By Michael Goldstein
By Dennis Romero
By Sarah Fenske
By Matthew Mullins
By Patrick Range McDonald
By LA Weekly
By Dennis Romero
By Simone Wilson
THIS WEEK MARKED A REALITY TV milestone: Los Angeles restaurateur Mike “Boogie” Malin threatened violence against one of the female houseguests on CBS’s Big Brother All-Stars, and the show’s producers did nothing obvious to stop it. According to the live feeds of the final-four showdown pitting two “hos” against two “bros” (their billing, not mine), Boogie made an obscenity-laced pledge to turn into a wild animal against cocktail waitress Janelle Pierzina if she used the all-important Power of Veto against his partner-in-reality, Will “Dr. Evil” Kirby, a Playa Vista dermatologist.
“If she votes you out,” he told his pal, “I’ll shit in her face. I’ll piss on her face right there on the block on TV.”
It was a dramatic change from five years ago when houseguest Nicole Schaffrich, pledged to “kick ass,” “slit wrists, horizontally, not vertically” and “cut heads off,” leading the show’s producers to warn her about her behavior. Back then, the contestants who used threats or intimidation toward other houseguests faced expulsion from the game (as happened with contestant Justin Sebik who, as part of what he called a joke, held a knife to a fellow contestant’s throat and asked her if she would get mad if he killed her. After she laughed, he put down the weapon and kissed her).
Now? CBS obviously felt that having a wild animal in the house spelled wild ratings.
For the first time in Reality TV history, not only did this season’s BBhouseguests openly fret about the show’s popularity (because presumably their own 15 minutes of fame depend on it), but without any producers’ prodding they came up with skits, costumes and “showmances” to goose the ratings. During the week of August 21–27, three episodes of the show ended up in the Nielsen’s top 20. But Boogie’s tantrum didn’t look like shtick. With this latest untamed behavior, BB will surely climb into the top 10.
That Reality TV has become savage TV was underscored even further this week when Discovery Channel star Steve Irwin was killed by a stingray’s barb through his heart while filming a segment for a series called Ocean’s Deadliest. Lost amid the many tributes to the quirky “Crocodile Hunter” as an ardent conservationist were warnings that his death was a “sobering lesson” about TV gone too “gladiatorial.”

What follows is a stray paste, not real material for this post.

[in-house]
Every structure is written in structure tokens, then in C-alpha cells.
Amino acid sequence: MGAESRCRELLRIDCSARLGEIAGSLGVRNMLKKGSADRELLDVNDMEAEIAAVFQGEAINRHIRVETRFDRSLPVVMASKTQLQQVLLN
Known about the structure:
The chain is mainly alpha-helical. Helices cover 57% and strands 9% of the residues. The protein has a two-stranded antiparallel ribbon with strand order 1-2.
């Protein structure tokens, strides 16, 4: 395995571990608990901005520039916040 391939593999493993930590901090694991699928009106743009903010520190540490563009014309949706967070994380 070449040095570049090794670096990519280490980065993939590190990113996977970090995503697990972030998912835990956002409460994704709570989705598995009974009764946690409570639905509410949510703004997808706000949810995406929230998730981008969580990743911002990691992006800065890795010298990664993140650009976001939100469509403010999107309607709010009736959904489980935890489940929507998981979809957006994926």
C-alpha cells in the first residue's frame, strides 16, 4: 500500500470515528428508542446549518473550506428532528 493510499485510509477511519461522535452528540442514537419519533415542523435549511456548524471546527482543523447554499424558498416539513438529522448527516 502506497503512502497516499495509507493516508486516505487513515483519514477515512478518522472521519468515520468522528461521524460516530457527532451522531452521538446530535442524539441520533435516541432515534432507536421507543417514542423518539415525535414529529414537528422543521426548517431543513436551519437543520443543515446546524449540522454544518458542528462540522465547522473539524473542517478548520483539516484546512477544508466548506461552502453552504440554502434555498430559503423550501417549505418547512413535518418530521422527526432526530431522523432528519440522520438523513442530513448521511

“He clearly took a lot of risks, and television encouraged him to do that,” Aussie survival expert Ray Mears told the media. “The voyeurism we are seeing on television has a cost, and it’s that cost Steve Irwin’s family are paying today.”
Now CBS’s Survivor: Cook Islands is plumbing new depths with its plot twist to pit four teams of different ethnicities — black, white, Asian and Latino — against each other. That the show is so desperate for eyeballs during its 13th season is hardly a surprise. What is startling, however, is that anyone would think this isn’t a pathetic ratings ploy to bait the contestants (handpicked, no doubt, for their racial intolerance into uttering previously taboo-on-TV racial epithets. C’mon, we all know that Mark Burnett will get a hard-on when the first “nigger” ?or “spic” or “gook” spews from a contestant’s mouth, only to be artfully bleeped so viewers can still understand ?the word.).
Going from primitive to plush, Survivor’s and Big Brother’s psychic sister is MTV’s Laguna Beach, which just started its third season with young girls savaging each other from the get-go. No need to build up to name calling this time around; cruelty is exactly what viewers come for. The show euphemistically calls it “drama,” but new bitches Kyndra and Cami are happiest when drawing blood. Laguna Beach’s summer spinoff The Hills suffered by comparison because it was too well behaved. The only reason to watch was in the vain hope that any minute L.C. would plunge a nail file into boyfriend Jason’s roaming eye.
Bravo’s Project Runway has succumbed to the new trend toward terrible. Show mentor Tim Gunn (as opposed to reality’s usual tormentor hosts) presided over a made-for-the-cameras scandal when contestant Keith Michael was ousted for keeping pattern books in his room and unauthorized use of the Internet. “Rules are rules,” Gunn told Michael. “You’ll leave tonight.” Host Heidi Klum gloated to Newsweek, “We have a great villain. You always hope for something like that.” But there were no repercussions for Jeffrey Sebelia, the show’s latest bad boy (as if that tattoo around his neck wasn’t a tip-off), when he browbeat and bullied his rival’s mother to the point of tears. Gee, Heidi, too bad he didn’t kick and maim her with his motorcycle boots as well.
On The Apprentice, Donald Trump has boasted, “I love neurosis. I love somebody that’s going crazy.” To achieve that, some contestants have accused the show of keeping them in a sleep-deprived, food-starved state of “constant nervous exhaustion where every waking moment was a crisis waiting to happen and every sleeping moment was monitored by hidden cameras and microphones placed in wafer-thin walls.”
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